Everyone loves cake. This is incontrovertible.
So when you want to get people excited about your t-shirt website, what do you do?
Ask them to make cakes of the t-shirts, of course.
It’s one of those “I don’t think I’d ever have thought of that” ideas, and it seems to be working really well. Lots of blog coverage, because of course everyone loves talking about cake. And all the entrants want to show off their creations, so they’re all over the net. This was last year’s winner (the t-shirt design is at the bottom):
And I bet it’s even better this year. I’m even considering entering myself. Perhaps with this t-shirt:
I’m picturing separate cakes for hat, sunglasses, pipe and torso. Mmmm torsocake.
Seriously though, I think this promotion shows an unusually good understanding of internet culture. Great cakes often go viral – one particularly obscene example I once made is featured on at least fifteen blogs, just because I posted it on a forum. Even terrible cakes have a following – the exceptionally popular Cake Wrecks blog features misspelt, badly iced, grotesque or otherwise unpalatable cakes, and people flock to see them.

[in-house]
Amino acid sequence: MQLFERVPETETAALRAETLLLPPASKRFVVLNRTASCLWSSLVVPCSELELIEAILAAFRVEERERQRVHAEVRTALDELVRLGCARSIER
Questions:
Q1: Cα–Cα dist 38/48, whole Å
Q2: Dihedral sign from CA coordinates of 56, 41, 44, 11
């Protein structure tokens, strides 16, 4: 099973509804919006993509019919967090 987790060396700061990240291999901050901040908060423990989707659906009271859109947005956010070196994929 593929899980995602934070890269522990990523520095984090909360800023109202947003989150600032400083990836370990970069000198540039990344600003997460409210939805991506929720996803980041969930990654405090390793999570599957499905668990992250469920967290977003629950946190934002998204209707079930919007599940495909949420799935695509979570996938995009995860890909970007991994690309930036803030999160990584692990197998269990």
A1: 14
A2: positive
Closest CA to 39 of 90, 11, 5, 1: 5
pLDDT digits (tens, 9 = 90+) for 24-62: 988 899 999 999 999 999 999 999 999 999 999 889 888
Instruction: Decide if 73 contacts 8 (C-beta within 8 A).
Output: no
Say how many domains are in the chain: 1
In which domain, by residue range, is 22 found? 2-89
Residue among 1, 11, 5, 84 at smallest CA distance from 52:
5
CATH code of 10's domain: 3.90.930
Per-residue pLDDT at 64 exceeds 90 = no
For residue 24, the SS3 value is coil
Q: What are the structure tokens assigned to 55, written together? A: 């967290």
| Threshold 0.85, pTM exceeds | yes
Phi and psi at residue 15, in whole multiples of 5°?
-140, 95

It’s also a pretty appealing competition to enter because even if you don’t win, you haven’t lost. With something like the Golden Hoop Awards from Hula Hoops, if you take part and don’t get chosen, all you’ve got is a Hula Hoops advert you made. If it’s really good, it might be useful for a future creative reel or just for hits on YouTube, but you’re really hoping for the grand prize when you enter.
Threadcakes, on the other hand, gives you a fun day of light-hearted baking, a cake, and internet bragging rights over your creation. The t-shirts aren’t branded, so the sheep cake looks like a sheep cake, not like an advert. You can show your friends without feeling like you’re selling your soul. The cakes stand alone as something cool you made.
And of course, every entrant gets cake. That’s my kind of competition.